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Please join us!
Chris Coppin, Tom Gede, Sam Deloria, and Dean Nell Newton
Deskbook of American Indian Law
Cohen Handbook of Federal Indian Law
Dean Joan Howarth
MSU NALSA early birds
Brian Upton, an MSU alum, has published “Returning to a Tribal Self-Governance Partnership at the National Bison Range Complex: Historical, Legal, and Global Perspectives” (PDF) in the Public Land & Resources Law Review.
The National Bison Range (Range) is an unforgettable place for many reasons. Home to its namesake bison as well as to a variety of other wildlife, it is one of the nation’s premier wildlife refuges. Established over one hundred years ago in western Montana, it was among the first such refuges in the country—predating the present-day National Wildlife Refuge System (Refuge System) of which it is now a part. The Range is further distinguished by its location in the center of the Flathead Indian Reservation (Flathead Reservation), where the spectacular scenery includes mountain ranges in every direction. The Range bison descend largely from wild bison that had been saved by members of the Confederated Salish and Kootenai Tribes (CSKT) at a time when the animals were on the verge of extinction.
The annual Indian Law issue of the Federal Lawyer — which includes an article on Native veterans-active duty servicemembers by Kate Fort and Peter Vicaire — is here:
More details about the burnout here.
A second appeal involving the Hopi Tribe’s challenge has been severed from this consolidated appeal:
Here are the materials in Kemph v. Reddam (N.D. Ill.):
Plaintiffs’ argument that the loan agreements are unconscionable because JAMS and AAA would never agree to preside over the arbitration is speculative and unconvincing. (See Resp. at 2—3, 13—14; Sur-Reply at 1—3.) Although the arbitration agreements provide that “the arbitrator will apply the laws of the Cheyenne River Sioux Tribal Nation,” (Agreement at 5), the arbitrator, once chosen, would have the authority to determine whether that choice-of-law provision is valid. See Nitro-Lift Technologies, L.L.C. v. Howard, 133 S. Ct. 500, 503 (2012) (holding that once the court determines the validity of the arbitration provision, the remainder of the contract is left for the arbitrator to decide); Vimar Seguros Y Reaseguros, S.A. v. M/V Sky Reefer, 515 U.S. 528, 541, 115 S. Ct. 2322, 2330 (1995)(ruling that the arbitrator should decide choice-of-law in the first instance); CNA Reinsurance Co. v. Trustmark Ins. Co., No. 01 C 1652, 2001 WL 648948, at *6 (N.D. Ill. June 5, 2001); see also Prostyakov v. Masco Corp., 513 F.3d 716, 725 (7th Cir. 2008)(upholding the arbitrator’s interpretation of the choice-of-law clause because it was not the court’s “place to determine whether [the arbitrator’s] interpretation was correct as a matter of law”). This is particularly true because, as discussed, the loan agreements explicitly provide that the arbitrator can decide “any issue concerning the validity, enforceability, or scope of . . . the Arbitration agreement,” which includes  the enforceability of the choice-of-law clause. (Agreement at 4.) Therefore, potential arbitrators need not refuse the dispute in order to comply with internal due process standards. Nor would they be required to violate Illinois public policy by applying tribal law if they chose to accept it. They could instead accept the dispute, find the choice-of-law provision is unenforceable, and determine what default law should apply.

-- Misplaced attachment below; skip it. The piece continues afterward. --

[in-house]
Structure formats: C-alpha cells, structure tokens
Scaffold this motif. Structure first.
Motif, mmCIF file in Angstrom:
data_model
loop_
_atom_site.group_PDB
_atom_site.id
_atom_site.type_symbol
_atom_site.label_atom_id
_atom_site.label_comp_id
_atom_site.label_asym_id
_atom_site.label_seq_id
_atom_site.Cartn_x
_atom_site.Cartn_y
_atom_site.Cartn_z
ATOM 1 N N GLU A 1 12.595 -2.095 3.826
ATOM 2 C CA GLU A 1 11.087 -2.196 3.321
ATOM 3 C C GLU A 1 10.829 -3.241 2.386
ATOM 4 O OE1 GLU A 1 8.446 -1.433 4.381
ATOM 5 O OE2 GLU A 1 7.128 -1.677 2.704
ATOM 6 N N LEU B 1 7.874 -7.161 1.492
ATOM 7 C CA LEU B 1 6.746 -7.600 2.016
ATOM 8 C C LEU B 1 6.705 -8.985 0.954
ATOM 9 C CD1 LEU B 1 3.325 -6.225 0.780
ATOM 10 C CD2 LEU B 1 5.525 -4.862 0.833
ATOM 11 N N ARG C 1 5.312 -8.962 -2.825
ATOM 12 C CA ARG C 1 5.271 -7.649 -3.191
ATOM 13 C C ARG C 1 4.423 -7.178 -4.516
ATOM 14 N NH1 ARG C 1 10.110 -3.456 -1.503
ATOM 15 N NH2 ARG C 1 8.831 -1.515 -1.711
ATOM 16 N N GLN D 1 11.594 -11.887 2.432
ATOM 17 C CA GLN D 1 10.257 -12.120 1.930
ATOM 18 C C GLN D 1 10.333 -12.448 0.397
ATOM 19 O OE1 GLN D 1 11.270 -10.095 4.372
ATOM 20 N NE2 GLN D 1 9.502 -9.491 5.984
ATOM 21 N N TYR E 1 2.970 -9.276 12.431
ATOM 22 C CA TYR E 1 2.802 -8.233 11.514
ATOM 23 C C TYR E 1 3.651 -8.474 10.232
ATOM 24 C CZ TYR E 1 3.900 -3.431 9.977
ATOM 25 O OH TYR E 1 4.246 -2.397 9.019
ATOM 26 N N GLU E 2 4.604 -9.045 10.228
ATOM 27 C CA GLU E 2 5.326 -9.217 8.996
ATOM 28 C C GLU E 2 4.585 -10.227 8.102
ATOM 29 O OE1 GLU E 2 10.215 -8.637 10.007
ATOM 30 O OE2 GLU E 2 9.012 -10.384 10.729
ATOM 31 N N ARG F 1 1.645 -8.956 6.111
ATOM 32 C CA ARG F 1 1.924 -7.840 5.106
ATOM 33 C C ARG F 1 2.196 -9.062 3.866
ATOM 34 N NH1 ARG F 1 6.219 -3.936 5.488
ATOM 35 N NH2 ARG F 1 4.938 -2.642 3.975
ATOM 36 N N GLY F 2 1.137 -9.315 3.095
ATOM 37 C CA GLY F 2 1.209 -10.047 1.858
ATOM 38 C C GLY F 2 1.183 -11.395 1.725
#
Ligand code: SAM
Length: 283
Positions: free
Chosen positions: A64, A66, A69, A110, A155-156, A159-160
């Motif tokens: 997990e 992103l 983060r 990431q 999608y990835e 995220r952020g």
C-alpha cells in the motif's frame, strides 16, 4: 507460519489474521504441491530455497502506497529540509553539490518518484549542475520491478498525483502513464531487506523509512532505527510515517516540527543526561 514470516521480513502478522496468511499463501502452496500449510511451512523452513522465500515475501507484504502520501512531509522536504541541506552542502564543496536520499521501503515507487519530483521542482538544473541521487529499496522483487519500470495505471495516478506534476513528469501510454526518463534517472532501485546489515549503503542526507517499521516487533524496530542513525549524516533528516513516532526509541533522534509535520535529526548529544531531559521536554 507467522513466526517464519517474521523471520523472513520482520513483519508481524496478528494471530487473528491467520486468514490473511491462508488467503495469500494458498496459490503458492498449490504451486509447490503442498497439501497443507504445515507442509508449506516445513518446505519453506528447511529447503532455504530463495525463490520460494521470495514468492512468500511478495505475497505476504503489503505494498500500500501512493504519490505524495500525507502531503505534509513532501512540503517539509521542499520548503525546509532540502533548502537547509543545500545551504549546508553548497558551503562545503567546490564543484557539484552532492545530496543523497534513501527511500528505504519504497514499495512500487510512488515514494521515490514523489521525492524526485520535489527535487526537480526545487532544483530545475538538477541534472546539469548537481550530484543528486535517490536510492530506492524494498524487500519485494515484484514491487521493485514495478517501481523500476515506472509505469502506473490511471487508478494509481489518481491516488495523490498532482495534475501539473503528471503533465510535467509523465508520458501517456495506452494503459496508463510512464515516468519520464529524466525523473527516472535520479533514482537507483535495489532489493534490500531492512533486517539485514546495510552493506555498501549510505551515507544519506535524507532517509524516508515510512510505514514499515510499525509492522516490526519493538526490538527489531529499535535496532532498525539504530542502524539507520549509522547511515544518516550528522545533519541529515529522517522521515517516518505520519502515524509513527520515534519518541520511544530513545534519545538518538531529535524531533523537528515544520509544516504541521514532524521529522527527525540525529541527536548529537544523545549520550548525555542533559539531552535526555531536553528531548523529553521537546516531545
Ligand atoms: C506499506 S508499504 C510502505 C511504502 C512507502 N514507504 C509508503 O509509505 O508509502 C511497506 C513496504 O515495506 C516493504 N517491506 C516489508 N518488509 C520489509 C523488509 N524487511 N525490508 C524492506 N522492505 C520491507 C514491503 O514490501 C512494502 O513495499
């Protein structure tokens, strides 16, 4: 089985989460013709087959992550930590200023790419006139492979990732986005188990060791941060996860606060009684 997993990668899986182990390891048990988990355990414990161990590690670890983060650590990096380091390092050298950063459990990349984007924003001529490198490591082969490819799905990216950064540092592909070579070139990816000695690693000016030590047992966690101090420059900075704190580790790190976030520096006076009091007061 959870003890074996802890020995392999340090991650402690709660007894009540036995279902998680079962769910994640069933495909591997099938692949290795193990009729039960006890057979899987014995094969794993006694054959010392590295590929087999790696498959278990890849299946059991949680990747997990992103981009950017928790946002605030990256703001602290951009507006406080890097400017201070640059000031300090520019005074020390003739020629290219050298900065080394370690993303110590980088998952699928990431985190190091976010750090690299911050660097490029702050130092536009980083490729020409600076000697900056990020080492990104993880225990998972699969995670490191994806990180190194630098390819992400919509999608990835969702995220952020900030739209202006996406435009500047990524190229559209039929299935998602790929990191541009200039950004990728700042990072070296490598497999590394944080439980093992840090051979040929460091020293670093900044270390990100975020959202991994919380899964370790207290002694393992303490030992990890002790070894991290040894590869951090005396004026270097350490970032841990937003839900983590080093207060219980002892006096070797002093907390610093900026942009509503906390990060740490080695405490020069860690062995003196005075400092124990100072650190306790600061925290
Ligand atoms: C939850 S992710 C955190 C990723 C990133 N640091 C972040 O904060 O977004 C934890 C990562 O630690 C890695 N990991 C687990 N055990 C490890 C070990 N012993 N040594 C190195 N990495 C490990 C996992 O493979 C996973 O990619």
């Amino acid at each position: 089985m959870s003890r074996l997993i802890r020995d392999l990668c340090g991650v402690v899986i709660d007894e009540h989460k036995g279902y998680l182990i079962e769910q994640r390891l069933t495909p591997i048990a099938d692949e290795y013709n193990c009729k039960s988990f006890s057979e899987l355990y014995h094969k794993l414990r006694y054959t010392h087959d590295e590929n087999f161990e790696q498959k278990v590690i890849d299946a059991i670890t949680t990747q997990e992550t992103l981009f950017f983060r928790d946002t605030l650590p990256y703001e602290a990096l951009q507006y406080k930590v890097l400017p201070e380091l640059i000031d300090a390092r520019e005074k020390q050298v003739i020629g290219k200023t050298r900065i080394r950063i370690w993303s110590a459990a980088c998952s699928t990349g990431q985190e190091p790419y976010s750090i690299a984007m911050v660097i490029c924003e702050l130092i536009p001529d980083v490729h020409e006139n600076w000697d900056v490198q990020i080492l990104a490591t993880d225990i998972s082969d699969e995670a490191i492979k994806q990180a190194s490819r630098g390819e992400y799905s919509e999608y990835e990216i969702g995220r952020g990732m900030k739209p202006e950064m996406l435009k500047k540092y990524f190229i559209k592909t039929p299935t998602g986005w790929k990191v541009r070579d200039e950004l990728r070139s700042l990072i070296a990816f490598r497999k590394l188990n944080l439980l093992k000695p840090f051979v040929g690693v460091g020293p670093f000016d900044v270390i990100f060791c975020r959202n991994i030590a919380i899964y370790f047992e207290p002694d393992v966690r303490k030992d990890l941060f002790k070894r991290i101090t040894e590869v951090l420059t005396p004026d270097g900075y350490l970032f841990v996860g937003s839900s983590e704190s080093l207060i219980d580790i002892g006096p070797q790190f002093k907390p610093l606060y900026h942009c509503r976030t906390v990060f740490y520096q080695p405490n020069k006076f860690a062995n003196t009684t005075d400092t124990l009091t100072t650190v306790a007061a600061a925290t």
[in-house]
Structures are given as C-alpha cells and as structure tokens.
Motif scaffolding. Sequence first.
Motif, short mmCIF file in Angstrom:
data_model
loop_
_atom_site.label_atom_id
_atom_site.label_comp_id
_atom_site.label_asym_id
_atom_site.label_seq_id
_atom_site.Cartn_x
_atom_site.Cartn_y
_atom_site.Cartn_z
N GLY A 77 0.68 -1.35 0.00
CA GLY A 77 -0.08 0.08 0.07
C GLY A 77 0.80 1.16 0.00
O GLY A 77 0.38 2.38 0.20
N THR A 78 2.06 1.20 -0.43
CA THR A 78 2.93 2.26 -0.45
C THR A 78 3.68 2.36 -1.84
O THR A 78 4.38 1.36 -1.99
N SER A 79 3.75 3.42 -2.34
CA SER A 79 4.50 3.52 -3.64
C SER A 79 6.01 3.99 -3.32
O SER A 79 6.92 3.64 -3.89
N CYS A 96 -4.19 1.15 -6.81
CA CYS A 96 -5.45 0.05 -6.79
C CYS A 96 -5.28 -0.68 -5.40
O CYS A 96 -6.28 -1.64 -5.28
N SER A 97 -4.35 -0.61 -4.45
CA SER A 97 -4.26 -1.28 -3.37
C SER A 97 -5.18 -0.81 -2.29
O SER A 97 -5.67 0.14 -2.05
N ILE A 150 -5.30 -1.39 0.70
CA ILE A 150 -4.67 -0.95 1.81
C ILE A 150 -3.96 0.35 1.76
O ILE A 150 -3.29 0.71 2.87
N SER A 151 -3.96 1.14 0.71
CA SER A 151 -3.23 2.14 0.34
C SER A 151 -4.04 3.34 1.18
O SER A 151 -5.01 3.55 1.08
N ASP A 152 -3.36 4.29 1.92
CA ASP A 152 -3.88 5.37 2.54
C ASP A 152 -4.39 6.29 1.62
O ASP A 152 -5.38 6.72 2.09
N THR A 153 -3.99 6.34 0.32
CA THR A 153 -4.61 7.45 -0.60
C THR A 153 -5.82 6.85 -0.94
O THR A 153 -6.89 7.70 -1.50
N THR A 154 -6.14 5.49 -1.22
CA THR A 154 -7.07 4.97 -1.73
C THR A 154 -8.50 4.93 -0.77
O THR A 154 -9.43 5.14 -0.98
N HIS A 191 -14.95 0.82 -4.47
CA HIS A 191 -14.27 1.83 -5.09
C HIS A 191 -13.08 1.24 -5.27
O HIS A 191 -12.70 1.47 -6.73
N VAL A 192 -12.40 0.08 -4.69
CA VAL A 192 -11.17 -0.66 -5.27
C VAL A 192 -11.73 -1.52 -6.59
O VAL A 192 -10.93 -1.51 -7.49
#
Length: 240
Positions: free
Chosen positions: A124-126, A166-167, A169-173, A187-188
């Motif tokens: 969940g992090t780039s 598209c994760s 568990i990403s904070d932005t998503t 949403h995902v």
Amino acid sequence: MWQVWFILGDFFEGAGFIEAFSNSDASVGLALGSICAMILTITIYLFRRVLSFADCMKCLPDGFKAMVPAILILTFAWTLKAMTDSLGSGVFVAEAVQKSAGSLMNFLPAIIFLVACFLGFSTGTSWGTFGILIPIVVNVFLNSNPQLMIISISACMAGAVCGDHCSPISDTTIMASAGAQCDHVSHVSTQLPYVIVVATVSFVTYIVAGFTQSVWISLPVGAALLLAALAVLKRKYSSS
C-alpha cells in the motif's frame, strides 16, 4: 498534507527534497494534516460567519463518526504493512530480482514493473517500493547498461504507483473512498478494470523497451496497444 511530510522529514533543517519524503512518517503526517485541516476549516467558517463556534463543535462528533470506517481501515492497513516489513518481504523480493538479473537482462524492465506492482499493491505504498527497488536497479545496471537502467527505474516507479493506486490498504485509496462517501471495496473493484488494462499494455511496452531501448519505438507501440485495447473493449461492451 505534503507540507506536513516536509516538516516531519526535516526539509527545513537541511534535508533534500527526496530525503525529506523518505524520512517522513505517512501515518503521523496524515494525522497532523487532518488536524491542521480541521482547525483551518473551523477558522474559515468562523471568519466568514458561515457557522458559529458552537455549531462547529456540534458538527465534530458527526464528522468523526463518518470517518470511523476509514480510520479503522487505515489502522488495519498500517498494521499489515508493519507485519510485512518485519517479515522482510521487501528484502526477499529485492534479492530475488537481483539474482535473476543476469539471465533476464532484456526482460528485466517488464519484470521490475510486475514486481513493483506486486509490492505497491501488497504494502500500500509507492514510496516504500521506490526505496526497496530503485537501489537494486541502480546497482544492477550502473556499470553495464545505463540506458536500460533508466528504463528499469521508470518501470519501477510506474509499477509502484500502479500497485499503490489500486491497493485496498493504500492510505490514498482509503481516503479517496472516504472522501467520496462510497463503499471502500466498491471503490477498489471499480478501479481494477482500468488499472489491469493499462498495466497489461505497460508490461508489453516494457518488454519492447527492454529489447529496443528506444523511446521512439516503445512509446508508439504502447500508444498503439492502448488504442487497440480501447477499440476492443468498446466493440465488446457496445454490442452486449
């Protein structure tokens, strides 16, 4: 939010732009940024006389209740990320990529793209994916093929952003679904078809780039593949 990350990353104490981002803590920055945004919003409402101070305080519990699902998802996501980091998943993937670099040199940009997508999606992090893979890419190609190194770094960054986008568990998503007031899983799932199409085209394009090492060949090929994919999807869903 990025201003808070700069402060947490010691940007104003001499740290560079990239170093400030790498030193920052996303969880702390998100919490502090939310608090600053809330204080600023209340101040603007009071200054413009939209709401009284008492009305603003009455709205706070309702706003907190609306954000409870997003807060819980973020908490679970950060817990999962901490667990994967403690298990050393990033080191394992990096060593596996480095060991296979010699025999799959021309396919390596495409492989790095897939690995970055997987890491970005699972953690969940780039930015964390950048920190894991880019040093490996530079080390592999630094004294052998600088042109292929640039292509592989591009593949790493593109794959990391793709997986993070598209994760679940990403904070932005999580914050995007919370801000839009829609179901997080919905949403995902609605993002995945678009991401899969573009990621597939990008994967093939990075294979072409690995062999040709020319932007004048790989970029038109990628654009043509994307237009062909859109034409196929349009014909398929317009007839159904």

Here is the flyer:
Here are the materials in Four Directions v. Committee on Judicial Conduct and Disability of the Judicial Conference of the United States (N.D. Cal.):
Indian tribes developing title IV-E foster care programs faced resource constraints and reported challenges adopting some program requirements. According to GAO’s interviews with tribal and Department of Health and Human Services (HHS) officials, the resource constraints faced by tribes include limited numbers of staff and staff turnover. While the Fostering Connections to Success and Increasing Adoptions Act of 2008 (Fostering Connections Act) allows tribes to administer a title IV-E foster care program, it generally did not modify title IV-E’s requirements for tribes. By contrast, some other programs administered by HHS offer tribes additional flexibilities, provided they are consistent with the objectives of the program. Given tribes’ resource constraints and cultural values, adopting some title IV-E requirements has been difficult. For example, officials from 6 of 11 tribes developing title IV-E programs that GAO interviewed said that the requirement to electronically submit case-level data on all children in foster care was challenging. In addition, 7 of these 11 tribal officials reported that incorporating termination of parental rights—which severs the legal parent-child relationship in certain circumstances—into their tribal codes was challenging because it conflicts with their cultural values. HHS recognizes that termination of parental rights may not be part of an Indian tribe’s traditional beliefs; however according to the agency it lacks the statutory authority to provide a general exemption for tribal children from the requirement.
Report here (pdf, 47 pages)